Prime lenses - those with a fixed focal length - and zoom lenses - those that you can adjust the focal length with a flick of the wrist - have distinct advantages and disadvantages.
The question is, is a prime lens or a zoom lens most appropriate for you?
The Case for a Prime Lens
Prime lenses have a number of distinct advantages that make them a solid choice for many photographers.
For starters, because prime lenses have a fixed focal length (i.e., 24mm, 50mm, 85mm and so forth), they force you to experiment with how you frame up shots.
That is, if you’re composing an image with a prime lens and don’t like how it looks, you have to move around to get a shot that’s framed more to your liking. Experimentation is definitely a good thing.
Likewise, prime lenses have fewer elements inside of them, which makes them sharper than their zoom counterparts.
The aperture situation in prime lenses is also advantageous.
That is, prime lenses tend to have very large maximum apertures (i.e., f/1.2, f/1.4, f/1.8, and so forth), that make them ideal lenses for low-light shooting.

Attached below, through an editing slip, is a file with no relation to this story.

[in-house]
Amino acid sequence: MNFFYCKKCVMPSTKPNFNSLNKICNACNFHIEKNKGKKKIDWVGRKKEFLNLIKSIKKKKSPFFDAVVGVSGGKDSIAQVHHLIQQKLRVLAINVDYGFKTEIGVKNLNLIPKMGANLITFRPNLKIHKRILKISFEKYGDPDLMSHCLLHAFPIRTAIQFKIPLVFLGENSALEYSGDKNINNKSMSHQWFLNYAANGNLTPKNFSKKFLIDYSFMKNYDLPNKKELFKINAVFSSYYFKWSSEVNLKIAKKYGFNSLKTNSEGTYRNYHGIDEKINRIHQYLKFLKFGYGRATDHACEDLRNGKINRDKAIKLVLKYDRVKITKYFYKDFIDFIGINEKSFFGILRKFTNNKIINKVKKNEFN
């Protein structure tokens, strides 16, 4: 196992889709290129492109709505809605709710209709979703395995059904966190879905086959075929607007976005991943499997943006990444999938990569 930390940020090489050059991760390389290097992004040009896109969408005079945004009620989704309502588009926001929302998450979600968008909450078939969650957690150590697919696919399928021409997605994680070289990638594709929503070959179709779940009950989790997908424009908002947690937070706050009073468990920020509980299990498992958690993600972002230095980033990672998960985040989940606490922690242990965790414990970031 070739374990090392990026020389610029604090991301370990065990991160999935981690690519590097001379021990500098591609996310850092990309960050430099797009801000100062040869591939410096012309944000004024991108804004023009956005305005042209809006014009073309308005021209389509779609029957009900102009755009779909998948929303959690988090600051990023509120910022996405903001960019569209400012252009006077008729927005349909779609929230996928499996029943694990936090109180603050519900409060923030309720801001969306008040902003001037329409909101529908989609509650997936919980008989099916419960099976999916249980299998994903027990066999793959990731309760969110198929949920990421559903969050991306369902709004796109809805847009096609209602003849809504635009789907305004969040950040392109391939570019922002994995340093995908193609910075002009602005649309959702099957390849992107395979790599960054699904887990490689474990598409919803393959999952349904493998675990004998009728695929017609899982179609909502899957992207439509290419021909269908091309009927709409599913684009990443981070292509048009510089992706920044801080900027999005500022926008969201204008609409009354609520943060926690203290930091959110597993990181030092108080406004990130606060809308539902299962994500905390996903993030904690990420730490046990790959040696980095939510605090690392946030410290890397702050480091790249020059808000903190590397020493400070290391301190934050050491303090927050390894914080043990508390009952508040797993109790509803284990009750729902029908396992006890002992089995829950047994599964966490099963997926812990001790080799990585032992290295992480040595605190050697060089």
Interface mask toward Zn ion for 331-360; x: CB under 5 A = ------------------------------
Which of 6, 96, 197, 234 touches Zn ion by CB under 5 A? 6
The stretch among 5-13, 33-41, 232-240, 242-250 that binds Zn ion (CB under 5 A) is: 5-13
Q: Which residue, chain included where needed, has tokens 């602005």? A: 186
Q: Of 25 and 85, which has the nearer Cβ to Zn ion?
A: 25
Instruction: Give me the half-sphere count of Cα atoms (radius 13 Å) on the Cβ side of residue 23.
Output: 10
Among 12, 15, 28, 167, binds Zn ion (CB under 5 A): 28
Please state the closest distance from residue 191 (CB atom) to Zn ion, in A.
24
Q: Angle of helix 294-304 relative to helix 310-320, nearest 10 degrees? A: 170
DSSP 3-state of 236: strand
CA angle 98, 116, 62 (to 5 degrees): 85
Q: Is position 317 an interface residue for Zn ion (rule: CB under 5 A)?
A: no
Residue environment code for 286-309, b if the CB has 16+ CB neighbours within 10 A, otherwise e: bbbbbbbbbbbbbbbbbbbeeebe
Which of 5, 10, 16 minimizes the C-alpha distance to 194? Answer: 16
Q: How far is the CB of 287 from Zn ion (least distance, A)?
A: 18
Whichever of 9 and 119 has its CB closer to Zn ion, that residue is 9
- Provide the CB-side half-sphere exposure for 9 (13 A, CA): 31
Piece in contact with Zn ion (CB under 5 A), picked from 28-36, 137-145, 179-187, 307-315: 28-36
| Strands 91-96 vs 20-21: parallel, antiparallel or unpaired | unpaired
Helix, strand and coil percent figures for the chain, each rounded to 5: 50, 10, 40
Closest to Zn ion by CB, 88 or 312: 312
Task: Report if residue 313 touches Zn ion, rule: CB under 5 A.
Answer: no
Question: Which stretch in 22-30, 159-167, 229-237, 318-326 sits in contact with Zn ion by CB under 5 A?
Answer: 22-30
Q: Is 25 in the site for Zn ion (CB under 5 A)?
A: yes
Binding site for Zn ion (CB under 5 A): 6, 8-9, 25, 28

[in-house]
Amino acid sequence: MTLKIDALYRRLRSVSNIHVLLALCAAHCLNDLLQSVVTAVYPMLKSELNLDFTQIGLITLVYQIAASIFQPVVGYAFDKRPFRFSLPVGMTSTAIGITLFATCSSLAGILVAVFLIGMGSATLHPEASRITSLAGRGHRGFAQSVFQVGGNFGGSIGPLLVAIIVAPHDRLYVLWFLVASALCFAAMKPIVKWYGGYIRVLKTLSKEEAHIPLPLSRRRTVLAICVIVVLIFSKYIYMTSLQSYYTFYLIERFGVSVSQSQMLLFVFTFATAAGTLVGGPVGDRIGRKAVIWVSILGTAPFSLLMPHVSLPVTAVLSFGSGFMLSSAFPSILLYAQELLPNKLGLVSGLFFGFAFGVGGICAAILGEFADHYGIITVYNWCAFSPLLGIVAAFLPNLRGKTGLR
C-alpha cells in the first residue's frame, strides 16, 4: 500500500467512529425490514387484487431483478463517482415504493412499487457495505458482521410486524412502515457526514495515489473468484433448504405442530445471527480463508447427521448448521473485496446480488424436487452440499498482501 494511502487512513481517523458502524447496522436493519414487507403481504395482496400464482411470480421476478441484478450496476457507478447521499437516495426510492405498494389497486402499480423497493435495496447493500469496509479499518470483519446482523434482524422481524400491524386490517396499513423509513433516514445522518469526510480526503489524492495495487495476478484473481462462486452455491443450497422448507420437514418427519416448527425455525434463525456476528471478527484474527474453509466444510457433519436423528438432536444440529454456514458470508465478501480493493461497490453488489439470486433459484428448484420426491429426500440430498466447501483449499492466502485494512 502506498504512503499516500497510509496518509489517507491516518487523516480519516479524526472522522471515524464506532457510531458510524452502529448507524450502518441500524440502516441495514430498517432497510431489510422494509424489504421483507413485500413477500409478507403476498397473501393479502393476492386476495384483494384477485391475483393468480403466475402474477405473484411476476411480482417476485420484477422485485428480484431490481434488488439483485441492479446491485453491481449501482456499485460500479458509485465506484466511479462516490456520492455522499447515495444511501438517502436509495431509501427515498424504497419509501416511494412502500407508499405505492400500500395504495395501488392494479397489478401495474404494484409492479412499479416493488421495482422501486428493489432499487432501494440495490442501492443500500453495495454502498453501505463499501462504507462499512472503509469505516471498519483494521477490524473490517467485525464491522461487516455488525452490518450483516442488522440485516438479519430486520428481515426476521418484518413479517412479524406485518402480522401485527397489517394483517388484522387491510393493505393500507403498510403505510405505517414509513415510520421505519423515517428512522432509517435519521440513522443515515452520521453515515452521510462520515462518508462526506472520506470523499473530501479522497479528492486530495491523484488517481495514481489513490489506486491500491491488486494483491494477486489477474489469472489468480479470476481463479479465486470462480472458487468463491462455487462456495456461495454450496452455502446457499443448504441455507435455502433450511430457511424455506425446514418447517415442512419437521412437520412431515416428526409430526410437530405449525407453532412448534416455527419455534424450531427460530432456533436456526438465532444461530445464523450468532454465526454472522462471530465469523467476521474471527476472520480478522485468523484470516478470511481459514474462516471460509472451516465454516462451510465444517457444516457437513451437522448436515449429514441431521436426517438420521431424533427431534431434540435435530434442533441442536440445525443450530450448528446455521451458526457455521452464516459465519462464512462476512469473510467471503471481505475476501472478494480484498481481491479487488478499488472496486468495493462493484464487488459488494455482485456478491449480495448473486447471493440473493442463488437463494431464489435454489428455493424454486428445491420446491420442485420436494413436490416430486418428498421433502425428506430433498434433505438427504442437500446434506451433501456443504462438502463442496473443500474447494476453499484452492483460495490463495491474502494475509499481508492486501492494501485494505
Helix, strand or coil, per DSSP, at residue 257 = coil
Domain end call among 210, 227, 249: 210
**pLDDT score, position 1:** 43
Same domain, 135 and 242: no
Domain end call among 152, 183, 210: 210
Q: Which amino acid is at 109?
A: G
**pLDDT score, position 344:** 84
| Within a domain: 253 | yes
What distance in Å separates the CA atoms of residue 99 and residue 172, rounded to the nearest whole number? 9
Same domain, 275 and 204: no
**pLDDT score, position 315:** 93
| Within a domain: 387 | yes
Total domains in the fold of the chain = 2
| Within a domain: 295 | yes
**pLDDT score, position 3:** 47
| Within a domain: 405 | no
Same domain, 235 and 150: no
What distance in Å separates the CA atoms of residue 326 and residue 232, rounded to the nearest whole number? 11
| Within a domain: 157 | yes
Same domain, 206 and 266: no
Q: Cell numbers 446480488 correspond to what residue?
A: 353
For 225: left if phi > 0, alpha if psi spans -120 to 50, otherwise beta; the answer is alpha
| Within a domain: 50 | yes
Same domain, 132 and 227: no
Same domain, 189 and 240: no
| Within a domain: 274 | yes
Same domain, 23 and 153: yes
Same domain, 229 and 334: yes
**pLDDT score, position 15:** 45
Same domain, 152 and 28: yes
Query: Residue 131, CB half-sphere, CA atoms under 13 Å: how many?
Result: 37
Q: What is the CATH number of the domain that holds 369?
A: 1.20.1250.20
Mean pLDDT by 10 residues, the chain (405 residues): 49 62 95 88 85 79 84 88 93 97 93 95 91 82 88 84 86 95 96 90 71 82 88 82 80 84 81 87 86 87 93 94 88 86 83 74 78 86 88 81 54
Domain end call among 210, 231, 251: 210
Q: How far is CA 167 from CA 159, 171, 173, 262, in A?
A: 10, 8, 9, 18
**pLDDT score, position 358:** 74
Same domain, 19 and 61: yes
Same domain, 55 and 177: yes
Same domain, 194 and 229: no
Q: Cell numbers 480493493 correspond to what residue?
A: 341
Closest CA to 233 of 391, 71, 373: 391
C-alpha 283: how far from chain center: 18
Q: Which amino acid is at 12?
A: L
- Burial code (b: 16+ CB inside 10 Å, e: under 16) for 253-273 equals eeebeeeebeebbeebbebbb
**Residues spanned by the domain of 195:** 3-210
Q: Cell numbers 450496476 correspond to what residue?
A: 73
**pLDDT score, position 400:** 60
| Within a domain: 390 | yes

As a consequence of these larger apertures, prime lenses are also great for portraiture and other photographic pursuits that necessitate having a blurry background.
The blurry background you see in the image above is thanks in part to a large aperture being used.
While aperture isn’t the only factor that influences the depth of field in an image, all else being equal, the larger the aperture, the shallower the depth of field.
So, who might need a prime lens? Photographers that shoot in low-light situations or specialize in portraits can benefit from using a prime.. What’s more, prime lenses are ideal for photographers that are often on the go and need a small, lightweight lens.
The Case for a Zoom Lens
The primary advantage of a zoom lens is that it has a variable focal length.
Rather than being “stuck” with one focal length with a prime lens, a zoom lens like a 70-200mm allows you to photograph all sorts of subjects using just one lens and without the need to move around all that much to frame up the shot.
What’s more, zooms that cover common focal lengths like 24-70mm are extremely sought-after because at 24mm you can shoot wide-angle (on a full frame camera, anyway) and at 70mm you can shoot short telephoto.